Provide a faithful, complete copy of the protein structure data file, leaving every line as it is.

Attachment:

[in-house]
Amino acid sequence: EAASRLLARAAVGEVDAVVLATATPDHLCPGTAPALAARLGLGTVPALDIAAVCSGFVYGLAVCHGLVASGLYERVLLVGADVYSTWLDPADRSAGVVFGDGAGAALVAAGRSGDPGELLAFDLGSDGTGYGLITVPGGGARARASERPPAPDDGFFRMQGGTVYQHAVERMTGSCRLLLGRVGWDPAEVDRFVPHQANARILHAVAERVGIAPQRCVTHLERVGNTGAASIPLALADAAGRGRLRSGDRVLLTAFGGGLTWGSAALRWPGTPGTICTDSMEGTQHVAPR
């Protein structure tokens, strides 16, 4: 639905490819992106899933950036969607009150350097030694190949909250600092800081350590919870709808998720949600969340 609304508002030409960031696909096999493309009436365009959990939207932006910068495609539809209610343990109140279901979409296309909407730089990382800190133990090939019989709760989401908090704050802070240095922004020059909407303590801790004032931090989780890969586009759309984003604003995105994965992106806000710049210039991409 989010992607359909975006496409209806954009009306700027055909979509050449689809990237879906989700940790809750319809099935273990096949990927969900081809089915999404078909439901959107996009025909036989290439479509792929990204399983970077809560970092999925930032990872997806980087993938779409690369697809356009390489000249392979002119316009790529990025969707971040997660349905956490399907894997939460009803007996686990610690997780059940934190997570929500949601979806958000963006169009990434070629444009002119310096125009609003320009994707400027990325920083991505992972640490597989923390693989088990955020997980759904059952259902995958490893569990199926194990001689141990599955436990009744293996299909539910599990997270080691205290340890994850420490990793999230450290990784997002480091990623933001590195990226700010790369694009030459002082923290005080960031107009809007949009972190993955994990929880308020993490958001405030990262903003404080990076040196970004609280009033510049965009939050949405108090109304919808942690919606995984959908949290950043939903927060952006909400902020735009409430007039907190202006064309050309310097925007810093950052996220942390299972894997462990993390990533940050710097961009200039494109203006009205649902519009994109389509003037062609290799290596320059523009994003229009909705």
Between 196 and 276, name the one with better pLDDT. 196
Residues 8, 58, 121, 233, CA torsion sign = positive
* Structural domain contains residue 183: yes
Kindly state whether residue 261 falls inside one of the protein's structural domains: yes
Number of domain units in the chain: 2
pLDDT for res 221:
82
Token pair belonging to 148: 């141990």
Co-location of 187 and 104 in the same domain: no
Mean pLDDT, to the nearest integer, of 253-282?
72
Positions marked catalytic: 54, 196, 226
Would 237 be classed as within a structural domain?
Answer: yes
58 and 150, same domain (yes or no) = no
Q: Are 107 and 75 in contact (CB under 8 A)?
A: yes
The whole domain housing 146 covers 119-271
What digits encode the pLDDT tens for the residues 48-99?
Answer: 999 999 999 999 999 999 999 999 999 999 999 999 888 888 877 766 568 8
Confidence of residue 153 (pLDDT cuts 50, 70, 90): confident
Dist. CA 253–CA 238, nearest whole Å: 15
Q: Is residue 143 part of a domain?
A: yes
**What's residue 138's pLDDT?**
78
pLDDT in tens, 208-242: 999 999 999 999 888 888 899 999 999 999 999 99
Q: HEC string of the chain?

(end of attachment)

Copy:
[in-house]
Amino acid sequence: EAASRLLARAAVGEVDAVVLATATPDHLCPGTAPALAARLGLGTVPALDIAAVCSGFVYGLAVCHGLVASGLYERVLLVGADVYSTWLDPADRSAGVVFGDGAGAALVAAGRSGDPGELLAFDLGSDGTGYGLITVPGGGARARASERPPAPDDGFFRMQGGTVYQHAVERMTGSCRLLLGRVGWDPAEVDRFVPHQANARILHAVAERVGIAPQRCVTHLERVGNTGAASIPLALADAAGRGRLRSGDRVLLTAFGGGLTWGSAALRWPGTPGTICTDSMEGTQHVAPR
């Protein structure tokens, strides 16, 4: 639905490819992106899933950036969607009150350097030694190949909250600092800081350590919870709808998720949600969340 609304508002030409960031696909096999493309009436365009959990939207932006910068495609539809209610343990109140279901979409296309909407730089990382800190133990090939019989709760989401908090704050802070240095922004020059909407303590801790004032931090989780890969586009759309984003604003995105994965992106806000710049210039991409 989010992607359909975006496409209806954009009306700027055909979509050449689809990237879906989700940790809750319809099935273990096949990927969900081809089915999404078909439901959107996009025909036989290439479509792929990204399983970077809560970092999925930032990872997806980087993938779409690369697809356009390489000249392979002119316009790529990025969707971040997660349905956490399907894997939460009803007996686990610690997780059940934190997570929500949601979806958000963006169009990434070629444009002119310096125009609003320009994707400027990325920083991505992972640490597989923390693989088990955020997980759904059952259902995958490893569990199926194990001689141990599955436990009744293996299909539910599990997270080691205290340890994850420490990793999230450290990784997002480091990623933001590195990226700010790369694009030459002082923290005080960031107009809007949009972190993955994990929880308020993490958001405030990262903003404080990076040196970004609280009033510049965009939050949405108090109304919808942690919606995984959908949290950043939903927060952006909400902020735009409430007039907190202006064309050309310097925007810093950052996220942390299972894997462990993390990533940050710097961009200039494109203006009205649902519009994109389509003037062609290799290596320059523009994003229009909705």
Between 196 and 276, name the one with better pLDDT. 196
Residues 8, 58, 121, 233, CA torsion sign = positive
* Structural domain contains residue 183: yes
Kindly state whether residue 261 falls inside one of the protein's structural domains: yes
Number of domain units in the chain: 2
pLDDT for res 221:
82
Token pair belonging to 148: 């141990």
Co-location of 187 and 104 in the same domain: no
Mean pLDDT, to the nearest integer, of 253-282?
72
Positions marked catalytic: 54, 196, 226
Would 237 be classed as within a structural domain?
Answer: yes
58 and 150, same domain (yes or no) = no
Q: Are 107 and 75 in contact (CB under 8 A)?
A: yes
The whole domain housing 146 covers 119-271
What digits encode the pLDDT tens for the residues 48-99?
Answer: 999 999 999 999 999 999 999 999 999 999 999 999 888 888 877 766 568 8
Confidence of residue 153 (pLDDT cuts 50, 70, 90): confident
Dist. CA 253–CA 238, nearest whole Å: 15
Q: Is residue 143 part of a domain?
A: yes
**What's residue 138's pLDDT?**
78
pLDDT in tens, 208-242: 999 999 999 999 888 888 899 999 999 999 999 99
Q: HEC string of the chain?